April 1, 2012 (Palm Sunday)

 

ON JESUS COMING TO HIS FATHER’S HOUSE 

                                                    Sermon delivered by the Reverend Father Bill Smith
                                           at Holy Faith Episcopal Church, Port St Lucie, on 1 April 2012

 

Many, many years ago – and I rather suspect that it was in the mid-1950s when the gap between East and West, between Marxism and Capitalism, was becoming ever broader – I saw a movie, the title of which I cannot remember, just as I cannot remember who played in it.  It was set in Albania, although it could not have been filmed there in those days.  It was the story of a family of Greek-Albanians who had been caught on the wrong side of the border when the Communists took over that country.  As I recall, the pater familias was an important political figure, and so some CIA agents were sent in nefariously to lead the family to safety.  Of course, there were many narrow escapes along the way and no doubt a handsome American was attracted to a beautiful daughter, much to the disgust of the Greek father.  But eventually everybody reached the border where the blue and white striped flag of Greece, complete with a white St George’s cross on a blue background in the upper left quadrant, flew out bravely a warm welcome to the escapees.  Except, of course, it was not the border at all, but a building a few hundred yards short of the border and still in Albania, and the family was caught in a trap and once they had been arrested the Albanians lowered the Greek flag and raised their own, pointing out to their prisoners the real border post, complete with the Greek flag so near and yet so far.

I often think of that movie at this time of year as we celebrate Palm Sunday.  The long fast of Lent is virtually behind us with its bare altars without any floral arrangements.  The grim sermons and the minor-key hymns are set aside, and we urge Jesus to ride on, ride on in majesty and we sing at length about all glory, laud and honour.  But then we hear the Gospel narrative.  Traditionally within the Anglican Communion today the Gospel reading was the Passion narrative according to Matthew.  Then tomorrow it would have been the version according to Mark, then on Tuesday we would have read the version of Saint Luke and on Wednesday that of the fourth evangelist.  No.  Palm Sunday is not the end of the road, but a false border post on the way to the end of the road, and traditionally the Church has always known this and acknowledged it.  The crowds that welcomed him might have been in festive mood, but Jesus is described in terms of Zechariah 9: 9, humbly riding on an ass.  Yes indeed, he was riding on to victory, but it was a victory that would have to be won at a terrible cost, and this Jesus knew.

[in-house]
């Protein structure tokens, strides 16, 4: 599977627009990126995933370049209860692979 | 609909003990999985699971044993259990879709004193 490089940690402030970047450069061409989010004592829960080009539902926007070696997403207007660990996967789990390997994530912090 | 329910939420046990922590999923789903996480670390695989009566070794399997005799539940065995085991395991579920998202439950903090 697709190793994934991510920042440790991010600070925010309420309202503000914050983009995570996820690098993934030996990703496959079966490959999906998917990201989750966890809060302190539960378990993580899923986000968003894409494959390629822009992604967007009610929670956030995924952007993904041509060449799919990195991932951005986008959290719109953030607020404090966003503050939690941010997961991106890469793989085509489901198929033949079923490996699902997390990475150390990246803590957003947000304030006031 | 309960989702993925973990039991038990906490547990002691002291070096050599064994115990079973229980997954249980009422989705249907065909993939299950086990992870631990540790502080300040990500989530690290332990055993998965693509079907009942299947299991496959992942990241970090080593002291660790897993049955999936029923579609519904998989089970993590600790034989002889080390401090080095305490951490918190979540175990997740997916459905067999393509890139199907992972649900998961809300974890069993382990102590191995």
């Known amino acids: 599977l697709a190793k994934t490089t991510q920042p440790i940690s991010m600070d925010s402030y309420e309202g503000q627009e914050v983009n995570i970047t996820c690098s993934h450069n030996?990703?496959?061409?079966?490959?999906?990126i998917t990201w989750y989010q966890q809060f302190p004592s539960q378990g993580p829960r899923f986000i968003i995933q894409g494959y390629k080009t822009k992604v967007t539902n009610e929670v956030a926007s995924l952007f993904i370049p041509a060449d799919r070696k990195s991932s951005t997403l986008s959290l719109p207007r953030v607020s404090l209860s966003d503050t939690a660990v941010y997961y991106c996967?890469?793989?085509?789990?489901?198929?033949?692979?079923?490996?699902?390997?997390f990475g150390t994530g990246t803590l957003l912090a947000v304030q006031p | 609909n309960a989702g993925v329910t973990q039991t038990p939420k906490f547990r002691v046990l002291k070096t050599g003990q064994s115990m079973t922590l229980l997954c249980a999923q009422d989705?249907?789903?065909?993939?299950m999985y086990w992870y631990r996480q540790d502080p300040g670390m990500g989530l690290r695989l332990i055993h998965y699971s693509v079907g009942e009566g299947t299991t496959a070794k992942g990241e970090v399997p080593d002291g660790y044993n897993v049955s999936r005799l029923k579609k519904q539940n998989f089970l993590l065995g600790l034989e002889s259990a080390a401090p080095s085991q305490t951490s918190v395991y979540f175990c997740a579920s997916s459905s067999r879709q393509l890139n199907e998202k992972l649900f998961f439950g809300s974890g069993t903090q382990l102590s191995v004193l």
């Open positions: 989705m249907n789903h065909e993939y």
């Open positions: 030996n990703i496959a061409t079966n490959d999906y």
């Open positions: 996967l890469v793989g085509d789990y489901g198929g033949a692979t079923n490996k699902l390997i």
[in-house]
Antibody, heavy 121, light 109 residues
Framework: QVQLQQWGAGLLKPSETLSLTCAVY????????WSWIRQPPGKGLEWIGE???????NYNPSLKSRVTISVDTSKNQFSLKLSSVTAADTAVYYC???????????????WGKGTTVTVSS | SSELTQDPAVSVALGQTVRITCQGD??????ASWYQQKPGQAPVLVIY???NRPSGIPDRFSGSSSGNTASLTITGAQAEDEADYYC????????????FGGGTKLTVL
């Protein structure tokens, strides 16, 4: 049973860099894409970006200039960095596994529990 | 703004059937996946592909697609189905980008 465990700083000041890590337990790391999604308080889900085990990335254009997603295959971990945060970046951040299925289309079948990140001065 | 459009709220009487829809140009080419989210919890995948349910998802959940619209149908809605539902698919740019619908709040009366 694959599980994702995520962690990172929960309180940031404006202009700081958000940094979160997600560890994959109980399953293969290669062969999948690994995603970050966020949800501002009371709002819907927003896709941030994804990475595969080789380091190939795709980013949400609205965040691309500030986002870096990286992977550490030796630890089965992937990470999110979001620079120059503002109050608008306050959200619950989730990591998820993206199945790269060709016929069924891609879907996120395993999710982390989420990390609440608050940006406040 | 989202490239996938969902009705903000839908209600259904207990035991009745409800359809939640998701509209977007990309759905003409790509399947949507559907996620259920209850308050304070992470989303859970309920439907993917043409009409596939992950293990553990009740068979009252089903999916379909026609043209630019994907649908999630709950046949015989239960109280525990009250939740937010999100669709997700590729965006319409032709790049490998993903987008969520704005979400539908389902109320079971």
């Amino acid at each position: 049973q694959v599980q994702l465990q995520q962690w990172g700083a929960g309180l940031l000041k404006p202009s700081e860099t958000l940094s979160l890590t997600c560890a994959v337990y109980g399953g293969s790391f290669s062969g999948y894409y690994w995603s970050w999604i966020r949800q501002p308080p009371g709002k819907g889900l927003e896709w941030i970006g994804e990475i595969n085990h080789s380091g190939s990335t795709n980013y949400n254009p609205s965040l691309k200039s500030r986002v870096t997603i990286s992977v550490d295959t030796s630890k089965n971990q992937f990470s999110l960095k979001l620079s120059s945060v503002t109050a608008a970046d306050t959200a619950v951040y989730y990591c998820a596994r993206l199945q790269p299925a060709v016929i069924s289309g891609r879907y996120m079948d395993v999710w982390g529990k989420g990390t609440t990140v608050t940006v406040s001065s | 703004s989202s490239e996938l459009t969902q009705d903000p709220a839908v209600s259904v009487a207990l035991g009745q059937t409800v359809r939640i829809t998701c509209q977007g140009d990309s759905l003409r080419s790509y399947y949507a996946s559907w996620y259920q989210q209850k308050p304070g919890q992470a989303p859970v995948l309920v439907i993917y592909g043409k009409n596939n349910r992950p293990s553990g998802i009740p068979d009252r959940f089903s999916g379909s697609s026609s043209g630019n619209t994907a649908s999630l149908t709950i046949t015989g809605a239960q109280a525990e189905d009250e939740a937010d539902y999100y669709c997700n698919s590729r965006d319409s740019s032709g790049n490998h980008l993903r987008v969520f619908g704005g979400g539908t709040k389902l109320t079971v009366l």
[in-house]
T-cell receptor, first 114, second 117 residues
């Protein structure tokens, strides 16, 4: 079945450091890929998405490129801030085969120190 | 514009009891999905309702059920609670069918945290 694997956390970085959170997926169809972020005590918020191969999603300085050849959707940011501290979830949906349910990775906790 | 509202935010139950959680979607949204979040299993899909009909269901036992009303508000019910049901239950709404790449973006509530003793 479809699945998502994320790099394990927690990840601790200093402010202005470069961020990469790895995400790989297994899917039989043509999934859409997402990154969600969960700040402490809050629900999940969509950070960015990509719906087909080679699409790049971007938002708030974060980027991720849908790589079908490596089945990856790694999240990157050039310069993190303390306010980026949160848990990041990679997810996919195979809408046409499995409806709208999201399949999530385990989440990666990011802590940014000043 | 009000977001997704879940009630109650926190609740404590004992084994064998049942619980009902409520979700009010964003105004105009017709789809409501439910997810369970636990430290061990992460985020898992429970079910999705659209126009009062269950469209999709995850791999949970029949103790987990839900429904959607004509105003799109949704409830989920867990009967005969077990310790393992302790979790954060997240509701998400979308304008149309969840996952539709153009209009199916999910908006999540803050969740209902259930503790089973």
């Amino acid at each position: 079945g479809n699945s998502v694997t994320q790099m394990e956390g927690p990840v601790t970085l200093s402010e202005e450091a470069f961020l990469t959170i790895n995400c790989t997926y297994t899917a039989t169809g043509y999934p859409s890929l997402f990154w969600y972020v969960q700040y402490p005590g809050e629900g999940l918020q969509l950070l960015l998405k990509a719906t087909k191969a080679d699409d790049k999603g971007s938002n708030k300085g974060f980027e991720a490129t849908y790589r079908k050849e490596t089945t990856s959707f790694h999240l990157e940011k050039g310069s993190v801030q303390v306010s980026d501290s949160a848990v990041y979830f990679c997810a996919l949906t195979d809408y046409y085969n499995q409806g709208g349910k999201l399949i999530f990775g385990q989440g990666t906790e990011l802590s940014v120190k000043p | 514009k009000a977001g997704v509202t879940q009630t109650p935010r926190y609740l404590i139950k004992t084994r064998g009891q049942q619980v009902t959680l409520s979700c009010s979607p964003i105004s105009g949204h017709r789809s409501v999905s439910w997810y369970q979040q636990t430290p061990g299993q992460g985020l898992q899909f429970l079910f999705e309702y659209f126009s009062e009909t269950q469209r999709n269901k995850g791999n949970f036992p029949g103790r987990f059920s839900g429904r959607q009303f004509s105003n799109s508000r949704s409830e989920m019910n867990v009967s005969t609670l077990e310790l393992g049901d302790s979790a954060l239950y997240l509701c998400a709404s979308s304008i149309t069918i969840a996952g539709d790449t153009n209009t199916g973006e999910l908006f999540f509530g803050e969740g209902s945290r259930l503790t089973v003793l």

When he came to the city, he rode in through one of its gates and on towards the Temple, the place where devout Jews believed that the Lord God of Israel dwelt.  He had, then, come to his Father’s house from his point of view.  However, from the point of view of those devout Jews, this holy building set in the heart of the Holy City, which, in turn, was set at the very heart of the nation, was seen as indicating the Lord God dwelling in the heart of his people.  Indeed it might almost be argued that the Lord God was the heart of his people.  And Jesus would have understood this as well.  But what he saw when he went into the Temple for his very first visit, according to Matthew and Mark, and his first visit according to Luke since his visit there with his parents when he was twelve years old, was that the heart of the nation was beating in a body riddled with immorality and sinfulness.